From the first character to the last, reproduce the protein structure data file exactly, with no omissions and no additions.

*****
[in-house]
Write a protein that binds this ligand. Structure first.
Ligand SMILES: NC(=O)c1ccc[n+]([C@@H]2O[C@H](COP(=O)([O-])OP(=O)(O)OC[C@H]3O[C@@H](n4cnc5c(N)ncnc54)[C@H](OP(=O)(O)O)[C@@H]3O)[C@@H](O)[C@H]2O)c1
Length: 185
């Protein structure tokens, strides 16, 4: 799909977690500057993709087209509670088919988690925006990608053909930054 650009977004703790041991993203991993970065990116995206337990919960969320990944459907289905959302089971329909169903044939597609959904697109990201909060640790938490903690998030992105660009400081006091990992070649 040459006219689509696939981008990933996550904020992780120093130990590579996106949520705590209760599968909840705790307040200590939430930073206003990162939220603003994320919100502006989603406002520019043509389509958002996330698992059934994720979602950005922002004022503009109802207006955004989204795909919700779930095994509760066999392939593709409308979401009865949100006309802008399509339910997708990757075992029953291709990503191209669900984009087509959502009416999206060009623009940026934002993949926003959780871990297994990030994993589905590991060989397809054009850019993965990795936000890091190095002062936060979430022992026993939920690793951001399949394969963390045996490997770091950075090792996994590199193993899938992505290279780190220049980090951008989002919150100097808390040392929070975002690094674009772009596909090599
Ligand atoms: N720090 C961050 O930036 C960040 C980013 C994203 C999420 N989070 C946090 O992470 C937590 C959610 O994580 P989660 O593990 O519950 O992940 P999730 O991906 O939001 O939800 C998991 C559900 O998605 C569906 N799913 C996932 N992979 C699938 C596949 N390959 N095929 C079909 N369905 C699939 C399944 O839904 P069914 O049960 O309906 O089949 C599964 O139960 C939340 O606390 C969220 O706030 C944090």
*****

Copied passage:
[in-house]
Write a protein that binds this ligand. Structure first.
Ligand SMILES: NC(=O)c1ccc[n+]([C@@H]2O[C@H](COP(=O)([O-])OP(=O)(O)OC[C@H]3O[C@@H](n4cnc5c(N)ncnc54)[C@H](OP(=O)(O)O)[C@@H]3O)[C@@H](O)[C@H]2O)c1
Length: 185
């Protein structure tokens, strides 16, 4: 799909977690500057993709087209509670088919988690925006990608053909930054 650009977004703790041991993203991993970065990116995206337990919960969320990944459907289905959302089971329909169903044939597609959904697109990201909060640790938490903690998030992105660009400081006091990992070649 040459006219689509696939981008990933996550904020992780120093130990590579996106949520705590209760599968909840705790307040200590939430930073206003990162939220603003994320919100502006989603406002520019043509389509958002996330698992059934994720979602950005922002004022503009109802207006955004989204795909919700779930095994509760066999392939593709409308979401009865949100006309802008399509339910997708990757075992029953291709990503191209669900984009087509959502009416999206060009623009940026934002993949926003959780871990297994990030994993589905590991060989397809054009850019993965990795936000890091190095002062936060979430022992026993939920690793951001399949394969963390045996490997770091950075090792996994590199193993899938992505290279780190220049980090951008989002919150100097808390040392929070975002690094674009772009596909090599
Ligand atoms: N720090 C961050 O930036 C960040 C980013 C994203 C999420 N989070 C946090 O992470 C937590 C959610 O994580 P989660 O593990 O519950 O992940 P999730 O991906 O939001 O939800 C998991 C559900 O998605 C569906 N799913 C996932 N992979 C699938 C596949 N390959 N095929 C079909 N369905 C699939 C399944 O839904 P069914 O049960 O309906 O089949 C599964 O139960 C939340 O606390 C969220 O706030 C944090």